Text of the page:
I was watching through the powers of the greatest thing ever (Netflix Instant) the old Rankin/Bass stop-motion animation special Mad Monster Party, which at ninety minutes is honestly perhaps too much stop-motion animation. Still, any stop-motion animation is a wondrous thing to watch and enjoy. Anyway.
One of the characters in the story, which pulls together versions of all the classic movie-horror monsters, is the Invisible Man. This would superficially be the easiest kind of stop-motion animation to do, although to their credit Rankin and Bass don't cheap out. For most of the running time, the Invisible Man is wearing a bathrobe and a fez. And that's almost better than having a routine animated character, since it is always impressive to see complicated figures floating in space in this kind of animation. Similarly characters that jump.
But here's the thing: in bathrobe and fez, the Invisible Man is this squat, rather tubby character with short arms poking out, hovering a couple feet off the ground, with a red cap on top of that. He's just a plastic bubble away from being Tom Servo.
At this remove there's probably no guessing what was on Joel Hodgson's mind as he designed and built the original bots. But we can be confident he was a Rankin/Bass fan. Whether he paid any particular attention to Mad Monster Party I don't know, but I'd bet he had. More, there are a couple of episodes where Tom wears a bathrobe, making the resemblance the more powerful, and there's even one where he's in bathrobe and fez and looking powerfully like the Invisible Man here. This has got to be a pop culture reference that I've never seen mentioned before.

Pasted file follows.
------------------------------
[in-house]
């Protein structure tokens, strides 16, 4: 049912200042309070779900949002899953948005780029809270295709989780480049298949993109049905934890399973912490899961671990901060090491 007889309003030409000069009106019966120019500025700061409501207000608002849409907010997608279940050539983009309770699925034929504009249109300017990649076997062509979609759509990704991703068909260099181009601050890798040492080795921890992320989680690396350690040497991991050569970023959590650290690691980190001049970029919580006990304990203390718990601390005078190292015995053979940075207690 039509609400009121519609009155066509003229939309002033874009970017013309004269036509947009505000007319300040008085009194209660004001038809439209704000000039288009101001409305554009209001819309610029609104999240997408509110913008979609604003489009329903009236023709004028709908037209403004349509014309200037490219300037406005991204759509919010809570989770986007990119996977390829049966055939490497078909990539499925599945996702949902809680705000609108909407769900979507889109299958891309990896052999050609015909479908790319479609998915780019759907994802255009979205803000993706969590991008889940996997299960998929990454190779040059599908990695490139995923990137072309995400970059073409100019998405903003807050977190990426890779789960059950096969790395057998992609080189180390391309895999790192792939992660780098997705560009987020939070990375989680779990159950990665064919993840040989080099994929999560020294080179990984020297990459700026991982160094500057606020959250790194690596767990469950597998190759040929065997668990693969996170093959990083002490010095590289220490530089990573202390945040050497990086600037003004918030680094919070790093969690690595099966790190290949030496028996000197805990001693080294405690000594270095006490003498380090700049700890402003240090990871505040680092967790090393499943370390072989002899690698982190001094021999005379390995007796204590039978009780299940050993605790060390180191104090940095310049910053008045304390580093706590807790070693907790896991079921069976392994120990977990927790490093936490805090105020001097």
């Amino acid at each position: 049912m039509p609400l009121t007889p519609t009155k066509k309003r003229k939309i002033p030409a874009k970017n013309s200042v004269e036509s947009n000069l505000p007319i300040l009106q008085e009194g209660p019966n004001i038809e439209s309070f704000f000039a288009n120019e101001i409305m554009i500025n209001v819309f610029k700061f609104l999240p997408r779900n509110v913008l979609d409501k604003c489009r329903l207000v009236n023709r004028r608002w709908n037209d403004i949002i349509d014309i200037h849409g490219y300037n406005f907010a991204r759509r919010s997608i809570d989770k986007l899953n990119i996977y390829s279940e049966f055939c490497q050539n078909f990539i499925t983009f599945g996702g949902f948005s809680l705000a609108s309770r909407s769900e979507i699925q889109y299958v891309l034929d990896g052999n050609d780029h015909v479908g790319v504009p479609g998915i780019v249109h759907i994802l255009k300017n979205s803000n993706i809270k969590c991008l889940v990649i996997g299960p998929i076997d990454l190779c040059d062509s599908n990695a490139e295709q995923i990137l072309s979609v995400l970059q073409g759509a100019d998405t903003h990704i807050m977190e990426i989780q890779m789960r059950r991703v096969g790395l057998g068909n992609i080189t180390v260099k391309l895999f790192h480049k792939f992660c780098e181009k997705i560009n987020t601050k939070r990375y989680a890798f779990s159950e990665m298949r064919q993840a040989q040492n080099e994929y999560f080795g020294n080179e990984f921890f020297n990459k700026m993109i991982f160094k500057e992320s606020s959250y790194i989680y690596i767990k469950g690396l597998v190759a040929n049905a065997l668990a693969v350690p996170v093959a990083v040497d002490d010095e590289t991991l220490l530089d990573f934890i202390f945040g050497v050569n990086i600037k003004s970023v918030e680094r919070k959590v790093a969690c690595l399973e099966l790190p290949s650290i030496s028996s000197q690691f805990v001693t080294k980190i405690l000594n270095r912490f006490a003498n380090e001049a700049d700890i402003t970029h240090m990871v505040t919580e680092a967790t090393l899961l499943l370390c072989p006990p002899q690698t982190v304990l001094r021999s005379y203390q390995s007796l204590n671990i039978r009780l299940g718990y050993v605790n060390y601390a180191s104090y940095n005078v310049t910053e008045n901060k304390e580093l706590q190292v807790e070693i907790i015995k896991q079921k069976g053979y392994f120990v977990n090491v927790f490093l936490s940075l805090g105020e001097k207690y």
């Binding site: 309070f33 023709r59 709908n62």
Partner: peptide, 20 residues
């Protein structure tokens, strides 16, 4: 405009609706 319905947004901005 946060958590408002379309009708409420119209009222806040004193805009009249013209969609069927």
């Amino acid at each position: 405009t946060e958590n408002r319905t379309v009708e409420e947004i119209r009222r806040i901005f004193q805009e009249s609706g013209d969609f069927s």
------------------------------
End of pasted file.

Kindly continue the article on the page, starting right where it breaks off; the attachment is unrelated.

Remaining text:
Trivia: Around 1580 Portugal prohibited, under penalty of death, selling of maritime charts to any foreigner. Source: In Quest of Spices, Sonia E Howe.
Currently Reading: The Comet Kahoutek: Greatest Fiery Chariot Of All Time, Joseph F Goodavage. Yes, yes, an ironic joy, full mostly of Velikovskian woo along the lines of ``scientists tried to suppress Velikovsky even in face of the proof that not only was Venus a comet 3,500 years ago but it turns out all planets started as comets'', with supporting evidence like how the ancient Mayans recorded no observations of Venus but did have a mysterious world between Mars and Jupiter. (Also there's stuff about gravitational vortices where things flow uphill, which is relevant because they're weird and comets are weird and maybe there's dark comets that blot out the sun so you can see how light would be weird around them.) Plus, manna keeps falling from the skies, as do frogs, and science can't explain that either. However, read this cover blurbbery and try to resist:
The World's Most Spectacular New Comet Has Arrived! Is It A Messenger Of Doom From Outer Space? Or A Scientific Clue To The Birth Of Our Universe?